In other words, Centennial Challenges is being cancelled to help pay for the overpriced programs you advocate.

> A terrific motivator for lunar LOX and NewSpace fuel tankers to
> carry H2 or CH4 to EML-1 (and/or EML-2).

Yes, it would be *if* NASA was allowing "NewSpace fuel tankers" to do that. It isn't. It's building Ares V so that market will *not* be available to private enterprise.

Now, you want us to believe that if we give NASA $20 billion to build Ares V, then once it's built, NASA will simply change its mind. Sure. Are you selling the Brooklyn Bridge, too?

> This could all happen without any NASA involvement. Would that
> be a bug or a feature?

You say NASA must do VSE. You reject any option that would save NASA money and tell us ESAS is the only politically correct architecture. Then, you turn around and say you don't want NASA involvement?

Talk about chutzpah.

What's next, Bill? Will you start saying there's no US military involvement in Iraq?

Posted by Edward Wright at September 22, 2006 12:38 PM


> As for Ares I, it has always been a down payment on Ares V and Mars. Opinions
> vary on the value of that

That's the problem, Bill.

You insist that the cost-effectiveness of Ares V is just a matter of opinion. It isn't. It's a matter of mathematics.

Math is not a matter of opinions. There are right answers and wrong answers. It doesn't matter whether you believe 2 + 2 = 4. Questions of mathematics are not settled by voting, opinions, or political correctness. They are settled by mathematical proof.

If you want us to believe Ares V is cost-effective, show us your math. You're asking us to believe that 2+2=5, despite all evidence to the contrary, but you don't offer us any mathematical proof. Just your "opinion."

Posted by Edward Wright at September 22, 2006 12:57 PM

Edward, Edward, Edward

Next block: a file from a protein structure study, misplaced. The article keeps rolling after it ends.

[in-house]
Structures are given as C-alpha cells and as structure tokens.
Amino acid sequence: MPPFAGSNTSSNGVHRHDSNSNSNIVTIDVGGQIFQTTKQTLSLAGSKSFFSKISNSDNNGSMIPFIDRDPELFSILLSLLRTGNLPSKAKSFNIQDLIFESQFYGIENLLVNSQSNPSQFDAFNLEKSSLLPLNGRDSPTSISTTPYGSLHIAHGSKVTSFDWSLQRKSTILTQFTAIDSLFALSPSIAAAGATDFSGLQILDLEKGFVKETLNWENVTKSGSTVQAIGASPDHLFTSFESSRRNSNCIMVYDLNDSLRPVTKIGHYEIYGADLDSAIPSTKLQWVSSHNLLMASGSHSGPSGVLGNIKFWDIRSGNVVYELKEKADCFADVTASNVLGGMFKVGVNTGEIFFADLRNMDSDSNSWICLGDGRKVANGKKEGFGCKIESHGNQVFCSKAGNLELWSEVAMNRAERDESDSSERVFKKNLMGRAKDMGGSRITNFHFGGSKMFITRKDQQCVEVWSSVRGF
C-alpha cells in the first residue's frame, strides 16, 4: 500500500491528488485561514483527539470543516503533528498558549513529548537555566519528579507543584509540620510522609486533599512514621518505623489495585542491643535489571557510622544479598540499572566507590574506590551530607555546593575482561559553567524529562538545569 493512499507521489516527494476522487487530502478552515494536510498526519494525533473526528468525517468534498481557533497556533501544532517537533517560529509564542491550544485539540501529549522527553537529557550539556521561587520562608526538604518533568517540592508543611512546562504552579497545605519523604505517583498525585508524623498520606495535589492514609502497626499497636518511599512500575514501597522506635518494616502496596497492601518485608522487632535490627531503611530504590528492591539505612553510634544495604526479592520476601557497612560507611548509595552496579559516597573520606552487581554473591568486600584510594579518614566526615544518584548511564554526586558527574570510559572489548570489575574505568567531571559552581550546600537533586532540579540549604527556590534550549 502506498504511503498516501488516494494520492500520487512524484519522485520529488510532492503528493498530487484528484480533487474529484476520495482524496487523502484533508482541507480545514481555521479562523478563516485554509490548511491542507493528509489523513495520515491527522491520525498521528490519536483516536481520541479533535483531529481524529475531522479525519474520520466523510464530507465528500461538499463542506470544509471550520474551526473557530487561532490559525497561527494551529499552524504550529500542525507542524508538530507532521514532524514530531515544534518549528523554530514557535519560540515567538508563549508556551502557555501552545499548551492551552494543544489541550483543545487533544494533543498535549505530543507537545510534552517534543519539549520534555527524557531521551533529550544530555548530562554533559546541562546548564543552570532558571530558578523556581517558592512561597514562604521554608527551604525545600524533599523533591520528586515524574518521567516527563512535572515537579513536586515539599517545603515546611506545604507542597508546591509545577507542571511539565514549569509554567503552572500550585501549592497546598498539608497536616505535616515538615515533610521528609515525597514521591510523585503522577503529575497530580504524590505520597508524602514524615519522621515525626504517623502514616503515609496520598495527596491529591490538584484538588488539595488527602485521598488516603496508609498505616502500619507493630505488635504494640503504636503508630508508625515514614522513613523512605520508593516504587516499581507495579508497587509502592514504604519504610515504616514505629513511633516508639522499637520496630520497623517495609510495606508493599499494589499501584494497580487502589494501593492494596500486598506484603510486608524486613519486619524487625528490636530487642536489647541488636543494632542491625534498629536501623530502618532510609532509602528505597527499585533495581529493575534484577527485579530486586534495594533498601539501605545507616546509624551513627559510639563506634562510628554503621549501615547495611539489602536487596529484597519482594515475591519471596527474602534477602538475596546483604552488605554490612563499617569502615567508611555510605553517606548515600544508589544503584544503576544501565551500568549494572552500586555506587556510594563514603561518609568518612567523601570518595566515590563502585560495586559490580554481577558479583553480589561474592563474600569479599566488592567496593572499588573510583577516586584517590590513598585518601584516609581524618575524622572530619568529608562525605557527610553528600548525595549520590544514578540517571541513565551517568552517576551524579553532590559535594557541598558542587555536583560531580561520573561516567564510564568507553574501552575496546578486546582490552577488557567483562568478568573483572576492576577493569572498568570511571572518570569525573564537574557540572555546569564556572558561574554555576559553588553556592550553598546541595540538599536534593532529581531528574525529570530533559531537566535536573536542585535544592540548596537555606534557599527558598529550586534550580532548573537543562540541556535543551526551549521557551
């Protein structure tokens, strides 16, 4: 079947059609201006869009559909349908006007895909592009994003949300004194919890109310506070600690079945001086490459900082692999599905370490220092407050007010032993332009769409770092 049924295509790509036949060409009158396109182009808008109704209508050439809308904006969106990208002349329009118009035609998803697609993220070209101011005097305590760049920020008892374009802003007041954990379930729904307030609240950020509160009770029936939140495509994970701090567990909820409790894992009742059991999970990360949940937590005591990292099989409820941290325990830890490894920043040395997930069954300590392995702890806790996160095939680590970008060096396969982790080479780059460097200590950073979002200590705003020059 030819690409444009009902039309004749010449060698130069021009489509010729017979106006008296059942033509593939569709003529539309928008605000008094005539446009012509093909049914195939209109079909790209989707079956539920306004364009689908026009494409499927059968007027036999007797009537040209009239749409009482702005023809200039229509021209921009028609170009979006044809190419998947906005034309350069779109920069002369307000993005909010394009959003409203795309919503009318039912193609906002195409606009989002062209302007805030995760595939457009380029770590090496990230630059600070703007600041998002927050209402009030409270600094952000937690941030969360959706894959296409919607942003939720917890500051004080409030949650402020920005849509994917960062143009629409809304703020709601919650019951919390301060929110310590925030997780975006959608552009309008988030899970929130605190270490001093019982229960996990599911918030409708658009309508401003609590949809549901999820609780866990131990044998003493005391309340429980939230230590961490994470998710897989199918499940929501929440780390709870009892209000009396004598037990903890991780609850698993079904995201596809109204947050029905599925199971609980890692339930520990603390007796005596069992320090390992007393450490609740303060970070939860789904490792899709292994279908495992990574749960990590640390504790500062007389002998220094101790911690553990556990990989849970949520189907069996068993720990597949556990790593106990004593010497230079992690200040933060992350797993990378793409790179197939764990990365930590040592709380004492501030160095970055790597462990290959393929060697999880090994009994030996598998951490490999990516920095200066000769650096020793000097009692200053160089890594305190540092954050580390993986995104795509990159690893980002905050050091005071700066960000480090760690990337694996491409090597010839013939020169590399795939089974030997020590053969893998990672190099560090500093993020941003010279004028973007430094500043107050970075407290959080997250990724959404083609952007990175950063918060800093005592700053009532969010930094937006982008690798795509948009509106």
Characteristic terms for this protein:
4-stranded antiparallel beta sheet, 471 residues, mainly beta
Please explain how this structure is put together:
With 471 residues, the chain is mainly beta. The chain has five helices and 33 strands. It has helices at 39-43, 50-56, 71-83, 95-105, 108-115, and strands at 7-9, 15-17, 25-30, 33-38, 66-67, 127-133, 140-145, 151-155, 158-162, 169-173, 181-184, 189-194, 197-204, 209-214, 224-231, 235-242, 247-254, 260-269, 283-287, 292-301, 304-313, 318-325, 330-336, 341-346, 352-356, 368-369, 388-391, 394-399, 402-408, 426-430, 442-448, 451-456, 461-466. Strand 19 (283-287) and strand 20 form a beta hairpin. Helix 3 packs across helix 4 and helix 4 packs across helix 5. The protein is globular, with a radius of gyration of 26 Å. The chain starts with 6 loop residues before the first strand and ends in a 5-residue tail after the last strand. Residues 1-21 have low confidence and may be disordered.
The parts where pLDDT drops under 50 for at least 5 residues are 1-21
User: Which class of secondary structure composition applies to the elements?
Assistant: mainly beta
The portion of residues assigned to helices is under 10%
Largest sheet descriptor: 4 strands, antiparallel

Plenty of companies and nations have the capability to build LSAMs with or without NASA's cooperation. The engineering requirements are not that tough. As I have explained to you before, I use the term "LSAM" to mean any vehicle that can land on the Moon no matter who builds it.

The VSE is for NASA. Space exploration is for everyone. Bigelow & Lockheed offer a real chance to achieve access to LEO with no involvement from NASA whatsoever and you want NASA to take over the program? Bigelow + LM is better off without NASA involvement.

I want NASA to go to Mars and I want NASA to be a very minor player in a substantial cis-lunar economy.

Posted by Bill White at September 22, 2006 01:05 PM

Edward, I said NASA will need Ares V to do a Mars mission.

If Bigelow and NewSpace start dropping foreign astronauts on the Moon like flies (and I believe they should, and can, if they deploy an EML-1 node and a r-LSAM) NASA and America will need to do a Mars mission to remain the premier spacefaring nation.

Posted by Bill White at September 22, 2006 01:08 PM

Ed

You should know better. While Shelby may get his way on future Centennial Challenges, the existing lunar lander competition has already been funded, whether or not it is won this year.

Do you have any PROOF otherwise (hint: a rant does not count)

Dennis

Posted by Dennis Wingo at September 22, 2006 01:42 PM

"If Bigelow does help create astronaut corps for 50 or 75 nations around the world, America may need to do a Mars mission to retain our status as the pre-eminent spacefaring nation."

Those astronauts from 75 nations will be staying in the LEO Hilton, sipping a Starbucks while their LockMart translunar ships are checked out and refuelled with Exxon-brand LH2. America will still *be* the pre-eminent spacefaring nation ;-)

Posted by JD at September 22, 2006 02:37 PM

Those astronauts from 75 nations will be staying in the LEO Hilton, sipping a Starbucks while their LockMart translunar ships are checked out and refuelled with Exxon-brand LH2. America will still *be* the pre-eminent spacefaring nation ;-)

A vision I can vigorously endorse without any reservation whatsoever. :-)

But then can Atlas V beat Soyuz or Kliper or an upgaded Zenit (on price) once a very real EML-1 & Luna market exists?

And remember what is powering that Atlas V.

Posted by Bill White at September 22, 2006 02:49 PM


Dennis, Dennis, Dennis. All you need to do is read the FY2007 Budget Request on the NASA website:

> FY 2007 President's Budget
> Flagship Challenges
> Lunar Lander Analog (est. $1.25M), Station-
Keeping Solar Sail (est. $5M),
> Fuel Depot Demonstration (est. $5M), and Micro Reentry
> Vehicle (est. $2M).

Do you remember when Felix Unger said about assuming?

Posted by Guess Who at September 22, 2006 03:03 PM

Hmmm

I guess this part from the NASA budget does not count.

"Funds for announced prizes otherwise authorized shall remain available, without fiscal year